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New Jersey Geological Survey

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The History of the Pompton Pink Granite: New Jersey's Prized Building Stone

Approaching the Riverdale and Pompton Junction areas from the east, prominent ridges stand like silent sentinels that form a gateway to the New Jersey Highlands. Conspicuous among the billion-year-old Precambrian rocks is a pink granite that looks strikingly different than the darker, more drab-colored rocks nearby. Granite of various types is common in the 1,000 square miles of the New Jersey Highlands, where it underlies approximately one half of the region (fig. 1). Most granite is named after a location, such as the Byram in Sussex County or Lake Hopatcong in Sussex and Morris Counties. They usually form large bodies covering nearly the entire length of the Highlands from New York State to Pennsylvania. Few granite bodies are given names when they occur over very small geographic areas. One that merits this distinction, while underlying barely half a square mile, is called the Pompton Pink Granite. The history of why this granite was singled out begins in the nineteenth century. By 1900, the name Pompton Pink Granite was widely accepted and is found in the Annual Report of the State Geologist for New Jersey in 1908: "Building Stones of New Jersey" by J. Volney Lewis. The source of the name is uncertain, but it very likely originated as a trade name by quarry operators in reference to the location and distinctive color of the granite. Pompton Pink Granite is found only in the northeastern Highlands at Pompton Junction in Passaic County and Riverdale in Morris County (fig. 1). It was mined from two different quarries for nearly a century during the 1800's and 1900's, and used as a decorative building stone. The quarries, the Jersey Pink Granite Company and the Herbert L. Brown Company, are still in operation, although under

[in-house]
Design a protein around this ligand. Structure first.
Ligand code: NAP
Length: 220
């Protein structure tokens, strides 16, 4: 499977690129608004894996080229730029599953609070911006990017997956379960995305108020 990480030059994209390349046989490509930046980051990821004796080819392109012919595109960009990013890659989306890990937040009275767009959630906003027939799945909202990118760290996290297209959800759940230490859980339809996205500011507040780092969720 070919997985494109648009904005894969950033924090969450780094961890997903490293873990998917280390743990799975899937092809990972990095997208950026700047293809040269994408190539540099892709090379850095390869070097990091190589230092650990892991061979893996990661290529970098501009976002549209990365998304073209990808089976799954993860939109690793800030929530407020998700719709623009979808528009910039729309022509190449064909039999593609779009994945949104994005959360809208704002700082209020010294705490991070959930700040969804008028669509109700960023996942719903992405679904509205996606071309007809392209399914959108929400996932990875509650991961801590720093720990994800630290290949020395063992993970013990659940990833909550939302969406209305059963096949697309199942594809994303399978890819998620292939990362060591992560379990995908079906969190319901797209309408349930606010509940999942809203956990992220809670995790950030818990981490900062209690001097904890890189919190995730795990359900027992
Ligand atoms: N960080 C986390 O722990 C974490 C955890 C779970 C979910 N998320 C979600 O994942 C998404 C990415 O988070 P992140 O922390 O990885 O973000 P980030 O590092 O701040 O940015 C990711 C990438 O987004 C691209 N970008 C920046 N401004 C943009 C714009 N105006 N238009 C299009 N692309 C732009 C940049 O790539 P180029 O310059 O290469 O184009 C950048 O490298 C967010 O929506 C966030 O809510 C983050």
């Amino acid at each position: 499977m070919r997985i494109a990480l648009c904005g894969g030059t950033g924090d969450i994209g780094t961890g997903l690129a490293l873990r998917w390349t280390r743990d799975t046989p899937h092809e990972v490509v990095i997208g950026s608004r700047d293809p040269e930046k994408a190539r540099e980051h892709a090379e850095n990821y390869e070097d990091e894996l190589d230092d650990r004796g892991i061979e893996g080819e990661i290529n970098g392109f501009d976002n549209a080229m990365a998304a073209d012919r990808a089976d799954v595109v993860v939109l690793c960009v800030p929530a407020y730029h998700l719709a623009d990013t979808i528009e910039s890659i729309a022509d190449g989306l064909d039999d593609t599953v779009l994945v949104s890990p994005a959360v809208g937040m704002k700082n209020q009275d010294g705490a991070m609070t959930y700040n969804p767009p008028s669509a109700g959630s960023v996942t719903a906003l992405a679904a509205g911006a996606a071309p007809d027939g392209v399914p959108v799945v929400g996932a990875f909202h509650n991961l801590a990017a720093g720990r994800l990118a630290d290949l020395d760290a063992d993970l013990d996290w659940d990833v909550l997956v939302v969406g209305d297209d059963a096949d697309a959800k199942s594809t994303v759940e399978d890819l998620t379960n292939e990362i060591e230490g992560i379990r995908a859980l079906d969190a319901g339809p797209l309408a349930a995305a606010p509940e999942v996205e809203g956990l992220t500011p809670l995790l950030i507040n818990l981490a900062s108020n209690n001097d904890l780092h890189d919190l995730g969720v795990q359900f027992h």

Figure 1. Simplified geologic map showing the distribution of major granite bodies in the New Jersey Highlands in relation to the Pompton Pink Granite at Pompton Junction.

different names. Most of the granite has been removed, although small remnants are visible in roadcuts along Routes 23 and 287 immediately north of the intersection of the two highways. The exact age of the Pompton Pink Granite is unknown. Based on its texture and relationship to other Precambrian rocks, it very likely falls in the age range of granitic rocks in the Highlands that have been dated at 1,000 to 960 million years. Evidence supporting this interpretation includes the fact Pompton Pink Granite occurs as small irregular-shaped bodies that cut across contacts with, and contain fragments of, older Precambrian rocks in the Riverdale area. Also, the granite lacks the alignment of mineral grains into parallel bands that indicate it would have been altered more than 1 billion years ago during a known metamorphic event. The Pompton Pink Granite (fig. 2) is pink to pinkish-white in color